In anticipation of the large class, campus staff have been busy. The summer has been full of projects for those readying the dorms for the students. “I am truly excited and pleased to be welcoming this year’s incoming class. Residence Life has been working alongside Aramark and Maintenance throughout the entire summer to prepare for the arrival of this record class and to make campus feel like ‘home away from home,’ says Alton Wade, Director of Residence Life.

Additional programs have been added, campus renovations are underway, and faculty have responded to the increase in students by scheduling additional courses to meet the demand. “Since we are launching a ‘Freshman Experience’ program in a newly-designated first-year student building, we are able to meet individual student needs while securing them a place within a cohort,” says Doyle. We’ve got a full programming calendar for this community, and we’ve dubbed it ‘Maurelian Mondays’ in name of the newly renovated building lobby. With our closely connected Academic Advising and Student Life programs, we’re ready to build a successful cohort of future CBU alumni.”

The class of 2018 includes students from 18 states and 9 countries. The average high-school grade point average is 3.75, and the average ACT composite score is 24.4. Of these students, 56% intend to major in CBU’s STEM programs.

“There are so many of them, the sophomores better watch out! The freshmen are going to steal their parking places,” says Kenworthy.

Classes will resume for the fall academic semester August 25th.

For more information on the academic programs and services at CBU, visit www.cbu.edu or call (901) 321-3000.

Posted in Uncategorized

MEMPHIS — An exhibition of photographic portraits entitled “Face It Memphis!” opens in the Beverly & Sam Ross Gallery at Christian Brothers University on August 15 with a public reception, 5:30 – 7:30 p.m. The exhibit will be on display through October 2, 2104.

The exhibition of portraits by Memphis Camera Club members contains 106 photographs of the faces we pass each day and sometimes don’t even notice — a study of everyday people in Memphis, children and adults, happy, pensive, sad. All are executed in black-and-white and printed as 24 x 24 inch squares.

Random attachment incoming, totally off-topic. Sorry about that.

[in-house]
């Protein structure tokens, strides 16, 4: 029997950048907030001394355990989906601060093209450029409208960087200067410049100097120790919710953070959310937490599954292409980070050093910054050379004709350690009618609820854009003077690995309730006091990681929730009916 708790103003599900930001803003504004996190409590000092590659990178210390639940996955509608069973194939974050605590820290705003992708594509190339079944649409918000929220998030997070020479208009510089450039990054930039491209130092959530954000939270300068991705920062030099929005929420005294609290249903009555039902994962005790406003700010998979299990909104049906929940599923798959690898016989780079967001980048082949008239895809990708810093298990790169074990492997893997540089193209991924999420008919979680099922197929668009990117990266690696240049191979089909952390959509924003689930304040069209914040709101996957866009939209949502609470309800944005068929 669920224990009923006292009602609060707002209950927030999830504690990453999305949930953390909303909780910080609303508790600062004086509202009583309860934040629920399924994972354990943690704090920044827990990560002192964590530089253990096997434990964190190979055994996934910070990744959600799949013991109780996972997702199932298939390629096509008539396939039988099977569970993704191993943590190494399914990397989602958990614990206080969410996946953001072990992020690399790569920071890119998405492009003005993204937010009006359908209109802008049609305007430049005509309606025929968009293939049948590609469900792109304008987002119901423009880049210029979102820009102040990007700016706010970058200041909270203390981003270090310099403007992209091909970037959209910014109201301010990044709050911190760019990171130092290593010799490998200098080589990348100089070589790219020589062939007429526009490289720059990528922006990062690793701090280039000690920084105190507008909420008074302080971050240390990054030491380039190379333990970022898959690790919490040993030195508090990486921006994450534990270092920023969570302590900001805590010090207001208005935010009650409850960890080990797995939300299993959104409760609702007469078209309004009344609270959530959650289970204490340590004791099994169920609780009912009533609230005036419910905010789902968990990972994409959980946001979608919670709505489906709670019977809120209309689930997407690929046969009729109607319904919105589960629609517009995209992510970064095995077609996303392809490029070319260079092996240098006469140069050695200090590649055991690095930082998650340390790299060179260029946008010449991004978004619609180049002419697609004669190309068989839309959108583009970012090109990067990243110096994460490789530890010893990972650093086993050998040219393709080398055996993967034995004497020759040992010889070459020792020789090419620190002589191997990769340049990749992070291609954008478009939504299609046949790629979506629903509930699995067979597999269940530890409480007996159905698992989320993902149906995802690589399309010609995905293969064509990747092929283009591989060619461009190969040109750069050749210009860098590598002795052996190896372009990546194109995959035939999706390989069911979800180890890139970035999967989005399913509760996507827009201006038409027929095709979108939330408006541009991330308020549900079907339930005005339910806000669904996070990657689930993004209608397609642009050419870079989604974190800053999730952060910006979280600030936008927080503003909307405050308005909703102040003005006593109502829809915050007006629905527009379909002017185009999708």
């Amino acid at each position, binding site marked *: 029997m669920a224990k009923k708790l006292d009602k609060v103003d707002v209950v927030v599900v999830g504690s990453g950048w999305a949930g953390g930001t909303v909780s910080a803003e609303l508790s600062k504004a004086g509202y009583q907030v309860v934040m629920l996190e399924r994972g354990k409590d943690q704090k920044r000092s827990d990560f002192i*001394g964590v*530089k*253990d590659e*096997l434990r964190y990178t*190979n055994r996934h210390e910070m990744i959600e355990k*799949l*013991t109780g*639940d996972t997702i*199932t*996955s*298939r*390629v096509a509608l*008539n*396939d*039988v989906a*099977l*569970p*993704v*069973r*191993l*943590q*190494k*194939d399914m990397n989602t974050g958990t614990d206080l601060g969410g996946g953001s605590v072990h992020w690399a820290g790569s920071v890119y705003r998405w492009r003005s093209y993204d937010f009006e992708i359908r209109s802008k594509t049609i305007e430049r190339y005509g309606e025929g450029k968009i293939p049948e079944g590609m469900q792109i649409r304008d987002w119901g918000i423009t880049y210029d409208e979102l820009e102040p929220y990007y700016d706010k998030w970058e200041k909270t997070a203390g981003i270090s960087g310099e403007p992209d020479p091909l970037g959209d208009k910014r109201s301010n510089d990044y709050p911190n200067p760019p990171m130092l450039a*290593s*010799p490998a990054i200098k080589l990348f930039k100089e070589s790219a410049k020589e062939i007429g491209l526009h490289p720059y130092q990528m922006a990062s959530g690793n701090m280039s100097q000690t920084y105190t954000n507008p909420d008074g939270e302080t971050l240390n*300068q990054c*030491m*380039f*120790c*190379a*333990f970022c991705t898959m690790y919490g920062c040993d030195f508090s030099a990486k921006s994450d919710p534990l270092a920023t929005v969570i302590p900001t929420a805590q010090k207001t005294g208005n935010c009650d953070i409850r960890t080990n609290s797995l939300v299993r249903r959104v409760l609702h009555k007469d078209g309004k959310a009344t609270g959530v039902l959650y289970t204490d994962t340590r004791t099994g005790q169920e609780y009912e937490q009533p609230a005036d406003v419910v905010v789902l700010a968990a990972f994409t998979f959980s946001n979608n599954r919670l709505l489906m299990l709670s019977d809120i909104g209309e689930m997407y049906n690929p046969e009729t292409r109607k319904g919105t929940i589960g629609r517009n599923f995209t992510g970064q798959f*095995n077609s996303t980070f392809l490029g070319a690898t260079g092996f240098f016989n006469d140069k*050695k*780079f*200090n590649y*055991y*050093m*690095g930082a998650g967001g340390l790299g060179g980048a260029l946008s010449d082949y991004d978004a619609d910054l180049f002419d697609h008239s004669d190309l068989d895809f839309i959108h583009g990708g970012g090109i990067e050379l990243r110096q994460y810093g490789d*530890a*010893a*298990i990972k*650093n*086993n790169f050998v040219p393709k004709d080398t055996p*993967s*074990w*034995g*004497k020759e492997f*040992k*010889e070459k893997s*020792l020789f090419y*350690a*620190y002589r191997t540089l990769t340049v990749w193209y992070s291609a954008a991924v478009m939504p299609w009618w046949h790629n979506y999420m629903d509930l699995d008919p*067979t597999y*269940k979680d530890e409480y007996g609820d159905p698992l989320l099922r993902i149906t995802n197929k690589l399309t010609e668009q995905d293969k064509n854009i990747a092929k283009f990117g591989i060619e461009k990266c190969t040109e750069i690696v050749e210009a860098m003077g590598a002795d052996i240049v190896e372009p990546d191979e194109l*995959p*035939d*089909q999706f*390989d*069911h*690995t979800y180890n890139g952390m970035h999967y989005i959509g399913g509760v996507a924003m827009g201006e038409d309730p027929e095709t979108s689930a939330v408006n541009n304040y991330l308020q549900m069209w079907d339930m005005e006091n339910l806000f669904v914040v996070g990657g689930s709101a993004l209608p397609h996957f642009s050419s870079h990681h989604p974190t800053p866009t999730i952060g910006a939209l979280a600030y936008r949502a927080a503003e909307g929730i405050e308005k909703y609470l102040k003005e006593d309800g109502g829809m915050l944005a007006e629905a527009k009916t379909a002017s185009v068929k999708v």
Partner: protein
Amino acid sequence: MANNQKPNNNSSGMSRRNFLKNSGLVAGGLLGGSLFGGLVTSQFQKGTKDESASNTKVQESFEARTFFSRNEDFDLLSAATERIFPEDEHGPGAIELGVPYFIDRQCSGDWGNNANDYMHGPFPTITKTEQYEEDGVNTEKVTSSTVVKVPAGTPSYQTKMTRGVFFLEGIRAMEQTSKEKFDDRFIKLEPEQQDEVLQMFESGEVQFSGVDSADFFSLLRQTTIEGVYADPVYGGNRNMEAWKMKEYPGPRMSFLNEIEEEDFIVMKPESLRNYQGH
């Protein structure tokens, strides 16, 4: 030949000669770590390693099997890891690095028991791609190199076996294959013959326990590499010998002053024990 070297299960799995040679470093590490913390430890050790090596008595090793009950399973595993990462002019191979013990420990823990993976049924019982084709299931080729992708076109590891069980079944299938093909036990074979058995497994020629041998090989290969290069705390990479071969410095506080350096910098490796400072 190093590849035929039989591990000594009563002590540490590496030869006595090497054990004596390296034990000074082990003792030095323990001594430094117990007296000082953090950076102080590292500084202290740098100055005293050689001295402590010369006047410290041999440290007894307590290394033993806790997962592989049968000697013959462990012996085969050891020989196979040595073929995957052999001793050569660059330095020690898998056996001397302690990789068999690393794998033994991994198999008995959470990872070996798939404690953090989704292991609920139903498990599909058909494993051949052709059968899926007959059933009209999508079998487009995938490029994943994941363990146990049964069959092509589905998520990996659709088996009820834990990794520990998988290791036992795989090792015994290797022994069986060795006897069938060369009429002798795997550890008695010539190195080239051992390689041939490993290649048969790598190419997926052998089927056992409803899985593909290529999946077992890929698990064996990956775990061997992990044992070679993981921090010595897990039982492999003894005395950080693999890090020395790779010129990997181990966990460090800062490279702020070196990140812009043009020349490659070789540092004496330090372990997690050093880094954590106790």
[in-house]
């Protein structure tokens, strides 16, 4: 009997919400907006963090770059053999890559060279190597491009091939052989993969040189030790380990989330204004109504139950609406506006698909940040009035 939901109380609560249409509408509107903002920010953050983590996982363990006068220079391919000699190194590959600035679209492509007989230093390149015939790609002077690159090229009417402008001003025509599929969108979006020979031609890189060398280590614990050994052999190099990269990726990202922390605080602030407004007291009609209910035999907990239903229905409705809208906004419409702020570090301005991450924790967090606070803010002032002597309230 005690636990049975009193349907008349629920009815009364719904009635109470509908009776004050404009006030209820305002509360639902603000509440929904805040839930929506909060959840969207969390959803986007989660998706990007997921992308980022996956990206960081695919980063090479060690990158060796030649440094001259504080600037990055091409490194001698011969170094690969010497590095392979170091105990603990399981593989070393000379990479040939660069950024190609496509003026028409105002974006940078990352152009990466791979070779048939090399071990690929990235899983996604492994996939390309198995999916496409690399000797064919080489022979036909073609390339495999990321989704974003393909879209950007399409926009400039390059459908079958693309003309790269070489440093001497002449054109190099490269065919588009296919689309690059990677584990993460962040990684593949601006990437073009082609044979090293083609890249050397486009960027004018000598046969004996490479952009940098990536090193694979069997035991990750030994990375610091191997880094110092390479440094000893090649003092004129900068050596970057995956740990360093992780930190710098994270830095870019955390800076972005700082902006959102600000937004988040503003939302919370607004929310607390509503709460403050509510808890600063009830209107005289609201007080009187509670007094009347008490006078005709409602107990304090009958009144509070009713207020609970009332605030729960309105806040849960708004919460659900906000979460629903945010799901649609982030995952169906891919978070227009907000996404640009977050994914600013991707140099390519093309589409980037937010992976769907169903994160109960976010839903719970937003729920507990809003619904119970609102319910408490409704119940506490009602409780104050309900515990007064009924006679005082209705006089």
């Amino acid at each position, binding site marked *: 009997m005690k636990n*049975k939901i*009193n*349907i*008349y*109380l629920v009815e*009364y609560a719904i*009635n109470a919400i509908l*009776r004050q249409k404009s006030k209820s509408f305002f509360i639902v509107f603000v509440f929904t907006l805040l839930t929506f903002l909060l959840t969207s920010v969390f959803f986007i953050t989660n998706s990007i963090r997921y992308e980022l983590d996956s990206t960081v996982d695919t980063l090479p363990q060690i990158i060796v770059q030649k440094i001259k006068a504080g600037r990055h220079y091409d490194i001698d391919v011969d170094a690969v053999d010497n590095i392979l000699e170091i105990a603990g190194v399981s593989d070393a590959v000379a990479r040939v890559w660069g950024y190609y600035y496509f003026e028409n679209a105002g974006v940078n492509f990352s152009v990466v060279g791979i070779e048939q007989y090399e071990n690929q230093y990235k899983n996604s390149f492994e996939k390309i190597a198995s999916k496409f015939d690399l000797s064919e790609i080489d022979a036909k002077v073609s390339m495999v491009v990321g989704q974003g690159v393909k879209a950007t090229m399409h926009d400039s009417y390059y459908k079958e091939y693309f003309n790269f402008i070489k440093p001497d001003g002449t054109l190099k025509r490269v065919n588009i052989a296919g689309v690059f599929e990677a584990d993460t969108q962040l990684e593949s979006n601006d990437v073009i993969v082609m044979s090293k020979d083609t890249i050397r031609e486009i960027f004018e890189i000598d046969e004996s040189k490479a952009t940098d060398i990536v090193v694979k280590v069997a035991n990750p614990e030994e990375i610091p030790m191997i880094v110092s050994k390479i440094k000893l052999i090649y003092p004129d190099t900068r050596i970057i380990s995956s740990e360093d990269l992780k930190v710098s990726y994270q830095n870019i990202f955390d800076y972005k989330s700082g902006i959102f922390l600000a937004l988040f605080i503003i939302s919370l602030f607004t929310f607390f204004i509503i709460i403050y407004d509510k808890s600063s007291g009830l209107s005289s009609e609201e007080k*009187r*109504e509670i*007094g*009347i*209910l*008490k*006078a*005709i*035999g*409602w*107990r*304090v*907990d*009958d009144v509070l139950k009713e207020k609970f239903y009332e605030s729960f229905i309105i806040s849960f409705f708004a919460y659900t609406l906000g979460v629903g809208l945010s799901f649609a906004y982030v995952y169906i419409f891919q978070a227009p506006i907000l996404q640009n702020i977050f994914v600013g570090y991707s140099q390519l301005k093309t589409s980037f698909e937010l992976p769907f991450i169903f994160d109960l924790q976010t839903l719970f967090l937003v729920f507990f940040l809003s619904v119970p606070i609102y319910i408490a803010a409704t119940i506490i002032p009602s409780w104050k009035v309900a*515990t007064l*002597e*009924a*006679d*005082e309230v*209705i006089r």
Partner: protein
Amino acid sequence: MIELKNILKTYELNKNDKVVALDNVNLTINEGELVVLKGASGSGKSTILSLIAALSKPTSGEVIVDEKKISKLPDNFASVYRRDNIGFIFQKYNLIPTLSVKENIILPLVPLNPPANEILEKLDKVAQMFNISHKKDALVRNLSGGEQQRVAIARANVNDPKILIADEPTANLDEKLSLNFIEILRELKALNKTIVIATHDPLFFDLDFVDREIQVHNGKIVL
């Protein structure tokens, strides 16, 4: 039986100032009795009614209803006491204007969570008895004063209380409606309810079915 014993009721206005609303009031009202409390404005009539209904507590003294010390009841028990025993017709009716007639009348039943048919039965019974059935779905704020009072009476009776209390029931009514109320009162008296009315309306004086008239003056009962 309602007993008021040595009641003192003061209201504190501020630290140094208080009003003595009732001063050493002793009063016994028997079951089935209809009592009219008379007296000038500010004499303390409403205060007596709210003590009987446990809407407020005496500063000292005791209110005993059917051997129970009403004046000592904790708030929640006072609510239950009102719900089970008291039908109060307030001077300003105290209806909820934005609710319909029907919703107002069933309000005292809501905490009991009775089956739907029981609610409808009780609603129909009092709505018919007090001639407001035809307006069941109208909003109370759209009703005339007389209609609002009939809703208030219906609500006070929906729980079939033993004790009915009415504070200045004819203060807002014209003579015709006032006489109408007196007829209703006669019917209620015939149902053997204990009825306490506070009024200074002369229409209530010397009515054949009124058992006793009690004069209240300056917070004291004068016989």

Artists represented in “Face It Memphis!” are Beth Behm, Bill Belus, Steve Copen, Paula Cravens, Saj Crone, Beverly Hammond, Saji Madapat, Patty McLaughlin, Becky Ross, McRae, Mike Neal, Paul Nolte, Patricia Possel, Tom Richey, Uttam Shah, Patti Smith, Rog Spahr, Quinn Strother, Mary Stubbs, and Joe Sullivan.

Photographs above are by (l-r) Uttam Shah, Beverly Hammond, Patty McLaughlin, and Rog Spahr.

More information is available at www.cbu.edu/gallery.

Posted in Events, Exhibits, Memphis Community, Press Releases

MEMPHIS — A group of high-achieving Christian Brothers University business majors met early this year to found an innovative club with the international non-profit organization Enactus. Enactus is comprised of student, academic, and business leaders across the globe who work together to make a positive impact on their surrounding communities and abroad. Enactus CBU, the first chapter in the Memphis area, was founded in March with 16 student members.

Enactus CBU and Memphis Challenge are hosting the month-long GEMS (Growing Entrepreneurship in Memphis Students) Bootcamp at CBU for rising 9th- and 10th-grade students of color, identified by Memphis Challenge as high academic potentials, July 7-30. During the camp, they are learning personal responsibility and goal-setting techniques to assist in their transition into high school. CBU Enactus students, as part of the teaching intern team, developed and are delivering a curriculum emphasizing business acumen.

“This partnership with Memphis Challenge is a perfect fit for us,” said Dr. Bev Vitali, Sam Walton Fellow and associate professor of business at CBU. “It’s been so rewarding to watch our Enactus CBU students take the lead on this project.  They have interacted with the Memphis Challenge interns to plan and coordinate every aspect of the camp, including the teaching of the curriculum.”

By the end of the camp on July 30, student teams
will turn in a business plan, complete
with financial forecasts and a marketing plan. CBU Enactus members will continue to engage with these ninth-graders during
the school year, refining the business plans and preparing the students for Phase II of the program: “The Shark Tank,” which is inspired by the TV show of the same name.

There are five phases planned for the project, and it will culminate in the high school students actually starting and running a business. “The goal of Enactus CBU is to improve the landscape of our campus, community and world, one entrepreneur at time. By focusing our efforts this summer on this promising group of young people, we hope to ignite a spark that leads to the next Fred Smith or Bill Gates.”

After a month of hard work, the GEMS Bootcamp will conclude on Wednesday, July 30 with a presentation of projects by the participating student teams. The presentation will be held in Spain Auditorium in Buckman Hall on the CBU campus at 5:00 p.m.

For more information on Memphis Challenge and its 9/10 Movement, visit www.memphischallenge.org. For more information on the global Enactus organization, visit enactus.org, or visit CBU’s chapter on Facebook at www.facebook.com/EnactusCBU.

Posted in Academics, Faculty & Staff, Internships, Memphis Community, Press Releases, School of Business, Student Life